#shut-down

12 01, 2024

Al011524

2024-01-12T15:32:45-05:00January 12th, 2024|3- This Week|

The Shut-Down Shut-Up

Although the calendar later in this report notes several Congressional hearings set for this week, these will be poorly attended if they are even convened.  That’s because we’re back on the brink, waiting to find out if Speaker Johnson (R-LA) can corral his super-conservative colleagues or if key parts of the U.S. government will close their doors.  Even if they don’t, the disruption of an imminent shut-down and start-up is significant and much of the government is thus already holding its breath.  The banking agencies are funded outside the appropriations process and will soldier on, but other financial regulators face shut-down of all but their emergency functions as soon as the 19th and, if that deadline mercifully passes, then again on February 2nd when the rest of the government is on the brink of losing its funding.  A Washington snowstorm always stows chaos and the one likely on Tuesday surely won’t make any of this any easier.

Al011524.pdf

29 09, 2023

M092923

2023-09-29T11:41:36-04:00September 29th, 2023|6- Client Memo|

How a Shut-Down Stokes Systemic Risk

Although there’s been some talk of what a government shut-down does to the SEC, there’s lots, lots more to worry about.  Risks are out there, risks that should be taken very, very seriously by the Members of Congress who seem to think that more chaos stokes their political fortunes.  Perhaps it does, but it could well do a lot of damage to their finances, not to mention those of all the voters who might well bear a reasonable grudge.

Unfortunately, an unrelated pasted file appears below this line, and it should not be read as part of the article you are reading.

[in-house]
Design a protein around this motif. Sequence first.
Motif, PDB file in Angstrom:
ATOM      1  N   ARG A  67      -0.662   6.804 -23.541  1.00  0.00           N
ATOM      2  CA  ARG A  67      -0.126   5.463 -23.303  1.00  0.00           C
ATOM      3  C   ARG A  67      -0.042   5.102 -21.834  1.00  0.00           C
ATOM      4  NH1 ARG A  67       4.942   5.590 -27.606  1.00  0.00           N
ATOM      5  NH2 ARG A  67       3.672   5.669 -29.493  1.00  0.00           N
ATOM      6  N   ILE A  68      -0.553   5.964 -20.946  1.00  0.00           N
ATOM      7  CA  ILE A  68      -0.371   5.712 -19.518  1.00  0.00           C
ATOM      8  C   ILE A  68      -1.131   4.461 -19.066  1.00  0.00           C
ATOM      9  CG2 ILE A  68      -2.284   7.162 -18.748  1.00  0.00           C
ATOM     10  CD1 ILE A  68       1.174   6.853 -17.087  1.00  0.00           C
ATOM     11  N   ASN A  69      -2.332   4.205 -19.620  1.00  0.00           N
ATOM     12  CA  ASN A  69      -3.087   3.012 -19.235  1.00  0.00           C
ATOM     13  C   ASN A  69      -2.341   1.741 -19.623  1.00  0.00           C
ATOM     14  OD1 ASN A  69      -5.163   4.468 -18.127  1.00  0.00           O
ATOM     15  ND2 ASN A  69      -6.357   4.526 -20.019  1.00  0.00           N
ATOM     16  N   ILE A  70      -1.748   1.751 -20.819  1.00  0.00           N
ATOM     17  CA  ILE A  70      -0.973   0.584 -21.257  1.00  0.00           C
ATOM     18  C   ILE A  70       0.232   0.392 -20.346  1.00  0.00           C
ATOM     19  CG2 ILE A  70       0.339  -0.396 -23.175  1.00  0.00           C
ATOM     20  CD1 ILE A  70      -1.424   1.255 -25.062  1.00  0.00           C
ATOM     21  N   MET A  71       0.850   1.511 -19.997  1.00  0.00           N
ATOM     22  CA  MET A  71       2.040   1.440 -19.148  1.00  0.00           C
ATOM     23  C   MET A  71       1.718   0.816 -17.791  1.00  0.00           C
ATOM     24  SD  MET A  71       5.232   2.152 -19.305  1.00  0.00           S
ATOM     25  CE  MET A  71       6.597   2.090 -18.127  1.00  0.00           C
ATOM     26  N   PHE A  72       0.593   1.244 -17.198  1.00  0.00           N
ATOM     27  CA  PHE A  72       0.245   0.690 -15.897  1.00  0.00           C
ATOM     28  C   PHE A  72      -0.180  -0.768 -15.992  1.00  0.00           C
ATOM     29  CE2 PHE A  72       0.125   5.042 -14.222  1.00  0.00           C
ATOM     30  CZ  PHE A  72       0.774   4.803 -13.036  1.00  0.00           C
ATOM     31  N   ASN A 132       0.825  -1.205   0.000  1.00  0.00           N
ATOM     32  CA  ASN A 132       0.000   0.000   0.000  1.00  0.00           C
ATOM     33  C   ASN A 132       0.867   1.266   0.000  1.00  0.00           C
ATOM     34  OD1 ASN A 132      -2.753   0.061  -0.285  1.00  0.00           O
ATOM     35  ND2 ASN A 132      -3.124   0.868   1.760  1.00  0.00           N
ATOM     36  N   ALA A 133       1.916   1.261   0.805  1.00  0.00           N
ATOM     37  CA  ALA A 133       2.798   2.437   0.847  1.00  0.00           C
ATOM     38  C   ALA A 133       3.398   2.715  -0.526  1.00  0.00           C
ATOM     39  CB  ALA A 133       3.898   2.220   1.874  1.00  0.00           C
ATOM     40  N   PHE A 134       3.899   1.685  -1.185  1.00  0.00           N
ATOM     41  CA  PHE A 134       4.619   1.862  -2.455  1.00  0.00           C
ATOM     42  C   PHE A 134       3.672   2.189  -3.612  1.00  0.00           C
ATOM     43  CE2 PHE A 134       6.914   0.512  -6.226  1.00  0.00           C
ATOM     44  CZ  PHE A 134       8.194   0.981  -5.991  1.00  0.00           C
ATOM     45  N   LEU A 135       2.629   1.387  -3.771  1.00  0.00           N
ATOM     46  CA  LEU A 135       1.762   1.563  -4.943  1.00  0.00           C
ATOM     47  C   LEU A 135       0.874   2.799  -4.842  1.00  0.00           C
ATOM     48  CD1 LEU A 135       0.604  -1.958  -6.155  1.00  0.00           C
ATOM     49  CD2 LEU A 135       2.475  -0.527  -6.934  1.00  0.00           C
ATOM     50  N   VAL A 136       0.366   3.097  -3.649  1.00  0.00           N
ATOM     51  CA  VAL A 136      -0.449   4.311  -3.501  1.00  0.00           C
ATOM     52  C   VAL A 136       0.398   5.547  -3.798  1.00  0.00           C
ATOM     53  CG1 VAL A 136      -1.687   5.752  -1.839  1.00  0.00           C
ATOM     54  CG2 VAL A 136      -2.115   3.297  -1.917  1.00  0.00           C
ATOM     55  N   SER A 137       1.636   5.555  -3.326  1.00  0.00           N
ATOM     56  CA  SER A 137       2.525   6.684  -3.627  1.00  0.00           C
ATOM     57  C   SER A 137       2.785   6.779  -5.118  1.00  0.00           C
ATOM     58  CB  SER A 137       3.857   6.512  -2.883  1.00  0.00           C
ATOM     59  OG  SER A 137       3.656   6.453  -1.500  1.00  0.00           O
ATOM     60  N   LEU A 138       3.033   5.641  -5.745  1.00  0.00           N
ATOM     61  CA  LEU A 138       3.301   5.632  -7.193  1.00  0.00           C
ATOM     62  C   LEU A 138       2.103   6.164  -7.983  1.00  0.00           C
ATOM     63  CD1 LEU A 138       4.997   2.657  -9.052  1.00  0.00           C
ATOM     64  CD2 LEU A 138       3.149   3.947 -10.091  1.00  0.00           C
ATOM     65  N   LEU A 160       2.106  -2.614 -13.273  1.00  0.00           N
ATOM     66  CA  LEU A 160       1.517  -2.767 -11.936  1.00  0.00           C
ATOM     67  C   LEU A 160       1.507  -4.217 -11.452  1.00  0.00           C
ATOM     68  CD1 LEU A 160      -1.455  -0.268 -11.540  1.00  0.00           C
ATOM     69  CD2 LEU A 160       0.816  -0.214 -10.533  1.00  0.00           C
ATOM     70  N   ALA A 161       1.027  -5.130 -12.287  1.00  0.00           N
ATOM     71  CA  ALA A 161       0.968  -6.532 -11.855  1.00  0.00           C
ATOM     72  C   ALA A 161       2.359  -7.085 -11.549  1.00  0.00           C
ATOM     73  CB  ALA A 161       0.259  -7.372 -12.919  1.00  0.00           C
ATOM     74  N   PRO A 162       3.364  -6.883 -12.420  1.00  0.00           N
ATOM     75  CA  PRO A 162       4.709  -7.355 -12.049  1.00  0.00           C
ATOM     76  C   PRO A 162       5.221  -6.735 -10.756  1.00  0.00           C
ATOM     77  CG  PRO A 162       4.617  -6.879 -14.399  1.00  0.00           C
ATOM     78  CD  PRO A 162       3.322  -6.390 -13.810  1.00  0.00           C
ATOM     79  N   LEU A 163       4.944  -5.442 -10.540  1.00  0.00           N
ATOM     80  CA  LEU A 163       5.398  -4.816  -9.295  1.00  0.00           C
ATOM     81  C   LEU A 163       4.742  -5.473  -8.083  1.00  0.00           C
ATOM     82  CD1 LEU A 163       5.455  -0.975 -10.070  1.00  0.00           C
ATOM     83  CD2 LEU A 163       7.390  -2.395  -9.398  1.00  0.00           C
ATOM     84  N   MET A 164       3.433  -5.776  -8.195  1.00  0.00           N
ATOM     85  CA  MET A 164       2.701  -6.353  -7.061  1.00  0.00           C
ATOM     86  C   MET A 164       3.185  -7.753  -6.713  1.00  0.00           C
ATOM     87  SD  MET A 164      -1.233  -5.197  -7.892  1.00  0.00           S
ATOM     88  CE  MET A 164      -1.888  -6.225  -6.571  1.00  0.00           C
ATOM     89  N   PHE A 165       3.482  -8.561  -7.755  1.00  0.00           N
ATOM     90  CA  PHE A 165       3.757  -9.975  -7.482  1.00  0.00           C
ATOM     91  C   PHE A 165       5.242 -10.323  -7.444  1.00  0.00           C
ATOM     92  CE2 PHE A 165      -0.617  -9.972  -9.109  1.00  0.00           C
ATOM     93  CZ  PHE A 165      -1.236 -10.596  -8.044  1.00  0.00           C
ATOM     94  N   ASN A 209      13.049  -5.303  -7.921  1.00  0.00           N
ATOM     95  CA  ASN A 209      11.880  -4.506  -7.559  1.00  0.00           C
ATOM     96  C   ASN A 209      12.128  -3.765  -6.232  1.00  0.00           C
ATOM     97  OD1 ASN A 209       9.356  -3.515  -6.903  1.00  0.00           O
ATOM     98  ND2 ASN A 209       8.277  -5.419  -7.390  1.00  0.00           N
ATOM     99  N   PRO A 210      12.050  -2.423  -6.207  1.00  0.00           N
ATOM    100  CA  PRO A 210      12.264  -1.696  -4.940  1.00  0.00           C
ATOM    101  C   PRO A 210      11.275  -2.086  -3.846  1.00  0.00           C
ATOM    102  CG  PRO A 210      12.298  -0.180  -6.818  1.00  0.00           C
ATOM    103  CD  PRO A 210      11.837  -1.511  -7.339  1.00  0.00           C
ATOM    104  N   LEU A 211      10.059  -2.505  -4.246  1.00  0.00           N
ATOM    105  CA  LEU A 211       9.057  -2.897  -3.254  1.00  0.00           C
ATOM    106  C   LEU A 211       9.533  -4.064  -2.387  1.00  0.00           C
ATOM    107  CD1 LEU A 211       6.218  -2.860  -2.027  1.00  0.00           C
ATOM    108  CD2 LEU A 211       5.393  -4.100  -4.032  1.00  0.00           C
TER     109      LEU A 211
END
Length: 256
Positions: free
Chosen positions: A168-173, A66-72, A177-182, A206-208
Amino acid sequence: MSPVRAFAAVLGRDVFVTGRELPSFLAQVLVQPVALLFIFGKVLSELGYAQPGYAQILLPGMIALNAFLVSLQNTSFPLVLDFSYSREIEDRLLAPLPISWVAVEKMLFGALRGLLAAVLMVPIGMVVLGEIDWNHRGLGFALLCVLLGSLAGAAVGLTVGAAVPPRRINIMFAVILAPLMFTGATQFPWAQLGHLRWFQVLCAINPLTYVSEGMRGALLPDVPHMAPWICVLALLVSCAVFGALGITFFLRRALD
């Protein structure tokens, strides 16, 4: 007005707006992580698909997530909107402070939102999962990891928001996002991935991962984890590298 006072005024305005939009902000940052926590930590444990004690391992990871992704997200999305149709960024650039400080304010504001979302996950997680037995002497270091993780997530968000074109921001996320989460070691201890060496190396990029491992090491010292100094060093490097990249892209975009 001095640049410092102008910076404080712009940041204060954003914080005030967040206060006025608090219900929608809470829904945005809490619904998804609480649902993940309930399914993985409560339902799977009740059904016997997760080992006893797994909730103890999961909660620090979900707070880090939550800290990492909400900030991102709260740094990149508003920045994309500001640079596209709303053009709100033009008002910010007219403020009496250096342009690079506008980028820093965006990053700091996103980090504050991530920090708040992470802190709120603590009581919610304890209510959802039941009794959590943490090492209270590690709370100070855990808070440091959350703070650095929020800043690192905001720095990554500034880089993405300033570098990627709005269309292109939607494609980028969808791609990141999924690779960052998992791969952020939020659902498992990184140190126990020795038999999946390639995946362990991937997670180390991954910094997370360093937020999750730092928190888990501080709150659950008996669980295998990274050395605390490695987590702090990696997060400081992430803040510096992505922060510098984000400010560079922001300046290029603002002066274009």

M092923.pdf

29 09, 2023

Karen Petrou: How a Shut-Down Stokes Systemic Risk

2023-09-29T11:41:22-04:00September 29th, 2023|The Vault|

Although there’s been some talk of what a government shut-down does to the SEC, there’s lots, lots more to worry about.  Risks are out there, risks that should be taken very, very seriously by the Members of Congress who seem to think that more chaos stokes their political fortunes.  Perhaps it does, but it could well do a lot of damage to their finances, not to mention those of all the voters who might well bear a reasonable grudge.

Where’s the systemic scary place?  Or, better said, places?  Some are right in front of us; others lurk in the closet waiting to pounce.

What worries me the most in the immediate future is the ability of bad actors to exploit what could be lightly- or even unguarded portals into critical financial market infrastructure.  There are of course many, many bad actors out there with the sophistication and/or state sponsorship quickly to test and then attack critical points in the payment, settlement, and clearing systems and/or the grids on which they rely.

As I discussed on Tuesday, not all providers of critical financial market infrastructure are under the hopefully-eagle eyes of the federal banking agencies which, funded outside federal appropriations, will remain open.  Some fall under the SEC or CFTC, agencies that will be hobbled, and some critical providers are wholly outside the regulatory perimeter.  Even if their nodes of market access seem small, disruption has a bad habit of migrating at lightning speed.  Even if power outages are …

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